Monday, July 16, 2012


It happened again Saturday night, the shattering realization that I had woken up from a bad dream about an old boyfriend - don't ask - and I couldn't get back to sleep. The sheets were twisted around my legs, the air was sultry, and I could hear the rattles of my husbands snores. (Was very happy that it was him there, though, and not the boyfriend from the dream. )

At last I gave up. Articles on insomnia say that the best thing is to get out of bed and do something relaxing, like reading in a cozy chair.  So I scrambled downstairs. I managed to step on every single creaky board in the floor, too. 

Poured myself a glass of milk. Settled myself in the chair. Opened my book, Angelmaker by Nick Harkaway, and tried to read.

As good as that book was, my hazy brain couldn't fathom the complex plot and rapid-fire stream of consciousness that Harkaway uses. I disobeyed all common logic and wisdom and, yes, I opened up the computer. 

Forty minutes later, I told myself, "Hey, dumbass, it's time to get some sleep." I was pretty certain that my child would be waking me up early, since it was the weekend after all. Sleeping in is saved for the weekdays, when I have to drag her out of bed, with many a grumble. Why is that?

I took a calcium pill with the last of my milk and plodded up the steps. By this time the room had cooled down, and I was able to black out. 

Until the next morning, when someone was shaking my shoulder. "Get up and make me waffles, mommy!" Didn't I tell you?

Insomnia is a dreadful thing. It's a self-perpetuating condition, one that I treat at times with natural sleep aids. The pills laced with melatonin and chamomile probably don't really work, but I'll take that placebo effect over being up for several hours when I want to write AND be a mom the next day.

The milk and the calcium help too. So does the relaxing activity I suppose, although I have yet to find one that I can do in the throes of interrupted slumber. Maybe I should take up ceramics or just sort my recipes or something.

Meditation might help, but I'm just not good at quieting down my brain. I'll say to myself, "OK, now I have to think of nothing. Nothing, there's a weird word. No thing. Nada. Rien. Hey, remember that girl who sat next to me in 9th grade French class? She was cool. Wonder what she's doing now ..."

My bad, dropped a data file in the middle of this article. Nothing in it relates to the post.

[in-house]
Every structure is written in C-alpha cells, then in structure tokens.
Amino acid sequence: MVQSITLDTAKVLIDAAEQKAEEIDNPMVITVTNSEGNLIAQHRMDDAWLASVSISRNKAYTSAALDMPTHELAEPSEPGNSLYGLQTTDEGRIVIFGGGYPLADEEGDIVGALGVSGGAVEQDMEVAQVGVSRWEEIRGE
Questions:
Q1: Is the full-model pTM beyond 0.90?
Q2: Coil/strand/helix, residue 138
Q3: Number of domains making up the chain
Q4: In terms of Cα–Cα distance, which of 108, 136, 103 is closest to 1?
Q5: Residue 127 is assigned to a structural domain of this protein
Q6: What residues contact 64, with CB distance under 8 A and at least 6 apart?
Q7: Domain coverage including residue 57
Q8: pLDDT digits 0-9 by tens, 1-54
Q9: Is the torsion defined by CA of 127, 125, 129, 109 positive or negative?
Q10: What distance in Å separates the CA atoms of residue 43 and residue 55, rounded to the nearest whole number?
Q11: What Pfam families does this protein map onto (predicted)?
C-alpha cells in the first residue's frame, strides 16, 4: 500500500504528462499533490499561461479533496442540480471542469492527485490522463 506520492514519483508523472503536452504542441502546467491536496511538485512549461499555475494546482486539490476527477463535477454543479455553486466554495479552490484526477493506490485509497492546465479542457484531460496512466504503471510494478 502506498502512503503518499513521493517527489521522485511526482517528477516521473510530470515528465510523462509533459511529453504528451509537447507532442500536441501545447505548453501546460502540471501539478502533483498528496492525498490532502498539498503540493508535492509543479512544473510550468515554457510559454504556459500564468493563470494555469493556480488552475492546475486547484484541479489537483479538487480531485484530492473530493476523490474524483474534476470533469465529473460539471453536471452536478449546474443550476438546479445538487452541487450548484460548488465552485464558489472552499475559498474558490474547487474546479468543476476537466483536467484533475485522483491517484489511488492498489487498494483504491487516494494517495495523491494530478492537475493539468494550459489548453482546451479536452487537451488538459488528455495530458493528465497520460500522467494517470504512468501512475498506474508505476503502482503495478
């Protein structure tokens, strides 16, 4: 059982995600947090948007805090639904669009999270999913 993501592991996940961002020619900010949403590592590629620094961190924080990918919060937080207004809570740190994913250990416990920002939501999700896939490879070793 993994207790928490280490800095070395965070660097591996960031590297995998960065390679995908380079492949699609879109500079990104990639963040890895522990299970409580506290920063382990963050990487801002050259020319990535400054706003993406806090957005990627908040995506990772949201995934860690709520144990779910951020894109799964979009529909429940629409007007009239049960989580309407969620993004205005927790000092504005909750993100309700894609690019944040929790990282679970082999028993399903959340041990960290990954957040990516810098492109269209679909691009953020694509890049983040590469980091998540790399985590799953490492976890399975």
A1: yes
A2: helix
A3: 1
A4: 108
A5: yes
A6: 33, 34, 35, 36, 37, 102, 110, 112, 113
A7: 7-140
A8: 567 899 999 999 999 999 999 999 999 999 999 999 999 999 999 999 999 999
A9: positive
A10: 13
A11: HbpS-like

Yeah. Imagine that going on, except to the nth degree.

For me it's just easier and faster to pop the natural sleep aid if the milk doesn't work.


LisaW said...

I'm SO with you on this one.

Johanna Garth said...

So sorry about the insomnia. I have the occasional bouts too and why is it that kids save all their sleeping in time for the week? Great mystery of the universe right there!

Christine Murray said...

I feel you on this one. I'm on the hard drugs for insomnia and sleeping conditions which means I can't sleep without chemical intervention. Which is a bit scary.

Hope you get a better night's sleep tonight x

Amanda said...
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Anonymous said...

Hi Hun,

I really feel for you - I used to suffer from insomnia too and it drove me nuts.
Then a friend recommended I try Lavender Oil. You sprinkle just a couple of drops onto your pillow/sheet/duvet cover and breathe deeply to inhale the scent. It has natural relaxant properties and it worked for me!
You could also have a bath or shower before bed using lavender scented bubble bath or shower gel as well as this will begin the relaxation process before you get into bed and use the Lavender oil.
I'm told that puttng an amethyst crystal under you pillow helps with sleep too, and yes I've tried that one too, but only in conjunction with the lavender.

What have you got to lose by trying it??

I hope this helps you, hun. Good luck. xoxo

west_2552 said...

Concentrate on your breathing. I mean, really concentrate. That way you block out any outside intereference and you'll be back to sleep in no time. Hopefully!